Colombia opens talks with rebels

Colombia’s government has opened “exploratory talks” with the country’s main rebel group to try to end a stubborn 50-year-old conflict.

Colombia’s government has opened “exploratory talks” with the country’s main rebel group to try to end a stubborn 50-year-old conflict.

President Juan Manuel Santos announced the move in a brief televised address, confirming mounting rumours of talks, supposedly held in Cuba, between representatives of his government and the left-wing Revolutionary Armed Forces of Colombia (FARC), which is largely a peasant army.

Mr Santos offered no details of the talks, such as when they began, where they had been held, who had participated or what was discussed.

“In the coming days the results of the conversations with the FARC will become known,” said Mr Santos, whose government was able to secure congressional enactment in June of a “peace framework” law that would provide amnesty to rebel leaders.

The FARC, estimated to number about 9,000 fighters, suffered major defeats during a decade-long US-backed military build-up from 2000-2010 but has recently stepped up hit-and-run attacks, including sabotage of oil and coal mining installations.

On Sunday, a car bomb in a rural area of the south-eastern state of Meta killed six people, including two children.

Mr Santos said military operations would continue “on every single centimetre of national territory” during whatever peace process might emerge.

That statement was a clear allusion to the last peace dialogue held with the Farc, when the government surrendered a Switzerland-sized swathe of southern Colombia to the rebels from 1999-2002 and reconciliation efforts collapsed as the guerrillas continued to mount attacks on security forces, kidnap politicians and traffic in cocaine.

“We will learn from the errors of the past in order not to repeat them,” Mr Santos said.

His announcement followed a report yesterday by Venezuelan TV network Telesur that Colombia signed an agreement in Havana, Cuba, earlier in the day to begin peace talks in Oslo, Norway beginning in October.

Colombian officials would neither confirm nor deny those reports.

Mr Santos has faced withering criticism from his predecessor, conservative hardliner Alvaro Uribe, over his peace overtures to the Farc. The 61-year-old economist, from a prominent newspaper family, was Mr Uribe’s defence minister from 2006-2009 and overwhelmingly won election in 2010 in his coattails.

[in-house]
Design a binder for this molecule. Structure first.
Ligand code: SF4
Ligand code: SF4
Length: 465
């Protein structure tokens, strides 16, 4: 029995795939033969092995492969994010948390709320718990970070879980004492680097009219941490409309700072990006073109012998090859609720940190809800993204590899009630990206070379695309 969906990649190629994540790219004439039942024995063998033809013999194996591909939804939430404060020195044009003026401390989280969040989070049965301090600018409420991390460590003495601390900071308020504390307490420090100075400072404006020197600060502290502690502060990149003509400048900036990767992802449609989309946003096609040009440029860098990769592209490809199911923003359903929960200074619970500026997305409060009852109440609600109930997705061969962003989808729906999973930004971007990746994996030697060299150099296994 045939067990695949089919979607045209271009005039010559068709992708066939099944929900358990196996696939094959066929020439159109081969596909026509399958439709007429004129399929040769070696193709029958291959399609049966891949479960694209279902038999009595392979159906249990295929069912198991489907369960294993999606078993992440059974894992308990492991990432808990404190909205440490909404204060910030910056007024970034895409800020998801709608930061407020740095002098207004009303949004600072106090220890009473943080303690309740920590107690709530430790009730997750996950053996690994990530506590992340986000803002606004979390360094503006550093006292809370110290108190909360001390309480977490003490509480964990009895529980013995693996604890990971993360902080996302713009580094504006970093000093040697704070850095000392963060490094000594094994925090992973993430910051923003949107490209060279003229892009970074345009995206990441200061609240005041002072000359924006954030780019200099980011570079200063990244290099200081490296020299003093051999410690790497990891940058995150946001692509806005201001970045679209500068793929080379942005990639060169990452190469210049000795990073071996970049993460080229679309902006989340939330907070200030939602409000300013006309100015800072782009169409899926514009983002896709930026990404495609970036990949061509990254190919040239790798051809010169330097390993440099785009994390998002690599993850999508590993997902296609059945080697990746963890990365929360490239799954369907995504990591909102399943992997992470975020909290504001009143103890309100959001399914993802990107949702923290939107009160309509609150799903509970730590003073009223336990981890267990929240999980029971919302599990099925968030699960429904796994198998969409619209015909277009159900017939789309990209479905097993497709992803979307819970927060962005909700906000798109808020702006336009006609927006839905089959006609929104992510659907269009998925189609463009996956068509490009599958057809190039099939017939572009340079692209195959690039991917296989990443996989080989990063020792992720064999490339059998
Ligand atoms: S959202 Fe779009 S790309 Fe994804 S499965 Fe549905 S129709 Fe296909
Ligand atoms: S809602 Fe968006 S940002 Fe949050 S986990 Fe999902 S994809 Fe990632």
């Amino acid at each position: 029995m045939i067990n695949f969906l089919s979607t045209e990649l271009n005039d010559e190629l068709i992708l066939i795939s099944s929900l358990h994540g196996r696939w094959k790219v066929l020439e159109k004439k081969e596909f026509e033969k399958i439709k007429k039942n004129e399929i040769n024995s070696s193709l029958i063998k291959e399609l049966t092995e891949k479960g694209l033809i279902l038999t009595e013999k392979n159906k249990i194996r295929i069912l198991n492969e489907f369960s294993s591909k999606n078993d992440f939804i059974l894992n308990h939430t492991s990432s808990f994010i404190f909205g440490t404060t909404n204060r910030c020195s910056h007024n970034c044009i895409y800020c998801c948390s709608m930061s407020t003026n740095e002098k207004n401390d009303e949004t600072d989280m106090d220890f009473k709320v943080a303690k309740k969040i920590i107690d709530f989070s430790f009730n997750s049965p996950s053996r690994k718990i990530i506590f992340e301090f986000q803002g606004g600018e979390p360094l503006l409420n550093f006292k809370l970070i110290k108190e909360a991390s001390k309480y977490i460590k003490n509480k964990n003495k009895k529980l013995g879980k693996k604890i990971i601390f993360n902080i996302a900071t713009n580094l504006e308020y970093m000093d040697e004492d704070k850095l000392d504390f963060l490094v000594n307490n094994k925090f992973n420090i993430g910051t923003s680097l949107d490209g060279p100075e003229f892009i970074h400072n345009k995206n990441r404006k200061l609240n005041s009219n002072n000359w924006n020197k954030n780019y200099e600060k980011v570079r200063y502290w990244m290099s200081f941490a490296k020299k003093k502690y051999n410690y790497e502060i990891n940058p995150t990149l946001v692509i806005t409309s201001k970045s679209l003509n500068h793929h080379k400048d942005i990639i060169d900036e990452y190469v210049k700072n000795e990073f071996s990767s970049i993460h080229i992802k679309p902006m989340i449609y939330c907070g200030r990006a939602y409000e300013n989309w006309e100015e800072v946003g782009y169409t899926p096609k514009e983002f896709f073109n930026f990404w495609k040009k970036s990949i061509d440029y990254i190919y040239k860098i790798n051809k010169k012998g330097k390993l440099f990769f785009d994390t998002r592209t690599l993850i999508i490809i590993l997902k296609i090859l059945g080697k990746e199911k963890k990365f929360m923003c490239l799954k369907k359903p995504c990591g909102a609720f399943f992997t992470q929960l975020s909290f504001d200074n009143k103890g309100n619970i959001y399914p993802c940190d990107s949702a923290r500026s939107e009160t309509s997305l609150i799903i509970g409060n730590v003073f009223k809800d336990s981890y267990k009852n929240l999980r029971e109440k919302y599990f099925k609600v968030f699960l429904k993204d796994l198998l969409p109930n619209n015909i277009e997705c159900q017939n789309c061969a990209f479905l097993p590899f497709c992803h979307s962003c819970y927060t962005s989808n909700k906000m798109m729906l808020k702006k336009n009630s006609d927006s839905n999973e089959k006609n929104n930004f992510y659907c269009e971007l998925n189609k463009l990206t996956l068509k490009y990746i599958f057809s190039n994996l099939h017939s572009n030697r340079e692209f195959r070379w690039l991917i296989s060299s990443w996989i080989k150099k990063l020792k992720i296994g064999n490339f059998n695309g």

Mr Santos also mentioned in his address that Colombia’s number two rebel band, the National Liberation Army, known by its Spanish-language initials ELN, had expressed a desire to participate in peace talks and said “they, too, could be part of this effort to end the conflict”.

The ELN, believed to number no more than 3,000 fighters, has also held failed peace talks with the government in the past.

In addition to Colombian territory, both the FARC and ELN operate out of rearguard positions in neighbouring countries, especially Venezuela.

That country’s president, Hugo Chavez, has been accused in the past by Colombian officials of providing refuge to Colombian rebels and the US has accused senior Venezuela military officials of providing the Farc with arms and helping it traffic in cocaine.

Mr Santos, a social progressive, has sought to create the conditions for peace through an ambitious program for returning land stolen from far-right militias to Colombia’s displaced, who number in the hundreds of thousands. But he has faced stiff resistance in rural Colombia, where right-wing criminal bands remain well-entrenched despite a peace pact made during Mr Uribe’s first term under which they purportedly laid down their arms.

Mr Santos has suffered badly in the polls in recent months, dropping from 64% approval in April to 48% in June.

Analysts welcomed Mr Santos’ announcement but stressed that a raft of formidable obstacles stand between him and peace with the Farc, beginning with the government’s ability to guarantee the safety of demobilised rebels.

A serious attempt in the 1980s to attain peace with the Farc also failed, in large part due to the wholesale slaughter by right-wing death squads of an estimated 5,000 rebels who decided to lay down their arms and enter politics.

Ariel Avila of the Nuevo Arco Iris think-tank said he feared Mr Santos was making “a risky bet” because any eventual peace dialogue was apt to get “trapped in the electoral process” that culminates in 2014 presidential elections.

Mr Santos has not announced whether he will seek re-election.

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